In New York City, residents and tourists alike donned T-shirts and shorts in record-breaking, 70-degree temperatures.

  • WOMAN:

    What else can you say? It's perfect. We're doing some sights and walking around the city. It's beautiful.

  • WOMAN:

    This is my first time in New York, and I was expecting snow and freezing cold temperatures, but I'm still enjoying it, still enjoying it.

  • GWEN IFILL:

    Forecasters say it's mostly due to the current El Nino effect, a warming of the Pacific Ocean that's driving warmer air east and pushing back the colder, arctic air.

    And the same effect that's helping generate warm weather and severe storms in the South and East has also brought heavy rain and snow to the Rockies and Pacific Northwest.

  • JUDY WOODRUFF:

    Elsewhere, this day, Christmas Eve festivities unfolded around the world. In Bethlehem, Christian pilgrims and tourists alike flocked to Manger Square, the traditional birthplace of Jesus. Other celebrations were canceled, as four more Palestinians died in clashes with Israeli forces.

    Meanwhile, at the Vatican, thousands of worshipers packed into St. Peter's Basilica, where Pope Francis presided over midnight mass.

  • POPE FRANCIS (through interpreter):

    We need to cultivate a strong sense of justice to discern and to do God's will. And in a culture of indifference, which not infrequently turns ruthless, our lifestyle should be a lifestyle of devotion filled with empathy, compassion, and mercy.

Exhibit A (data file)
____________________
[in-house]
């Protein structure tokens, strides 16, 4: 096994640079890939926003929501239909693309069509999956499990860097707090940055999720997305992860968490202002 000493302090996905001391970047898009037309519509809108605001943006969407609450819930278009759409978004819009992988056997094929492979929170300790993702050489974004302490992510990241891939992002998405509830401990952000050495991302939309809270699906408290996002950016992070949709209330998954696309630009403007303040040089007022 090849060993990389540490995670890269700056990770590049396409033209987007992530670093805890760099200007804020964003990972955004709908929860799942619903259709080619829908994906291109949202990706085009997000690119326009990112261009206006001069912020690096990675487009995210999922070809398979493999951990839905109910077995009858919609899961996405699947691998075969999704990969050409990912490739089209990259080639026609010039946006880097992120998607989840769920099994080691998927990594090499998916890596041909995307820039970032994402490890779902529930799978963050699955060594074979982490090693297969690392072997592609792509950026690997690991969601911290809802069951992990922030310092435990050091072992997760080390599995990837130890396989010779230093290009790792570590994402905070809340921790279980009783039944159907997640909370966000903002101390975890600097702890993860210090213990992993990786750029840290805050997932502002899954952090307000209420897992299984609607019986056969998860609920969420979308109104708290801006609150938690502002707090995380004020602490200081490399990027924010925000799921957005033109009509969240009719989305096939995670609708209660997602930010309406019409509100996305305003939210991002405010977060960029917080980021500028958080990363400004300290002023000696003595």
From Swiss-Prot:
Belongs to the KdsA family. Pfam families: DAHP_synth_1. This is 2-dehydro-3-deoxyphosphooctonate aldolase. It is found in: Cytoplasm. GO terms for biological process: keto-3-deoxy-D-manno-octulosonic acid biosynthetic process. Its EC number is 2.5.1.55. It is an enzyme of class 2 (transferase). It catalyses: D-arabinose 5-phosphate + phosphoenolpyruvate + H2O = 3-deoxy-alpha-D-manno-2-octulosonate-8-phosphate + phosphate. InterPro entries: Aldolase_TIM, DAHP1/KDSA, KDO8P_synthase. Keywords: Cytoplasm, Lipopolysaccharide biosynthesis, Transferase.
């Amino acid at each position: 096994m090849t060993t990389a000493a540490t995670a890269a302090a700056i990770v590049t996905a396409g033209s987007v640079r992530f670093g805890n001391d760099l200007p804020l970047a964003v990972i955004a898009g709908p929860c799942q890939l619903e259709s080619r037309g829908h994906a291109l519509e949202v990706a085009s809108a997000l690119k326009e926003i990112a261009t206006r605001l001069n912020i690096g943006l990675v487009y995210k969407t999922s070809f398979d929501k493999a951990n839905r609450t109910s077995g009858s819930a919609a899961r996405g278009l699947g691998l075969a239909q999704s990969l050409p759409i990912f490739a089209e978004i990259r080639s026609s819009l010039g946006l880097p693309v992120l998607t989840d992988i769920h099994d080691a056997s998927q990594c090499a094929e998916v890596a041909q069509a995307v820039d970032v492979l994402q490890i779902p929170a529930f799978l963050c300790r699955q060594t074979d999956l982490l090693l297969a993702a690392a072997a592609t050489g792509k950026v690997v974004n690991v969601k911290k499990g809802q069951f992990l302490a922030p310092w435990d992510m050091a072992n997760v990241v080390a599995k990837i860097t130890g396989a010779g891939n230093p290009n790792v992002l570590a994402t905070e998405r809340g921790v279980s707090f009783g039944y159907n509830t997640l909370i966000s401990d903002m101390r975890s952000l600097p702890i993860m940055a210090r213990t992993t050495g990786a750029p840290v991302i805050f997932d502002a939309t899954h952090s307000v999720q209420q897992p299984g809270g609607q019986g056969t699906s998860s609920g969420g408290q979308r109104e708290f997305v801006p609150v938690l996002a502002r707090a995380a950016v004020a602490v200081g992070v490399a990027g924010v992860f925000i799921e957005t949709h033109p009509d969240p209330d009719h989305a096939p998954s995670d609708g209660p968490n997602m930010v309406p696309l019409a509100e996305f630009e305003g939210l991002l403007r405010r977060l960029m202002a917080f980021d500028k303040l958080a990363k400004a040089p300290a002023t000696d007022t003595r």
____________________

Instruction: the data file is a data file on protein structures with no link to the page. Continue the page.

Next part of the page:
• JUDY WOODRUFF:

    The holiday period also means a record travel season across the United States. AAA estimates that 100 million Americans will venture out between Christmas and New Year's. More than 90 percent will drive, taking advantage of the lowest gas prices in years.

  • GWEN IFILL:

    There's been another migrant tragedy this Christmas Eve; 19 people, including six children, drowned today when their boat capsized in the Aegean Sea off the coast of Turkey. The Turkish coast guard delivered the bodies to shore, and the coffins were later taken to a morgue in the city of Izmir. It was the third such incident in as many days. Rescuers were able to save at least 21 passengers.

  • JUDY WOODRUFF:

    Back in this country, there's word the Obama administration plans raids and mass deportations next year of hundreds of families who arrived in the country illegally within the last two years. Most came from Central America.

    The Washington Post reports the campaign could start in January and target people who've already been ordered to leave the country. The plan still needs final approval.

  • GWEN IFILL:

    Oscar-nominated actor Robert Downey Jr. won a pardon today for a drug conviction going back nearly 20 years. The office of California Governor Jerry Brown said Downey has — quote — "lived an honest and upright life" since he spent a year in prison. The actor is best known for his roles in the Iron Man and Avengers movie franchises.

  • JUDY WOODRUFF:

    And Wall Street closed early for Christmas on a day of light trading. The Dow Jones industrial average lost 50 points to finish at 17552. The Nasdaq rose two points, but the S&P 500 was down three.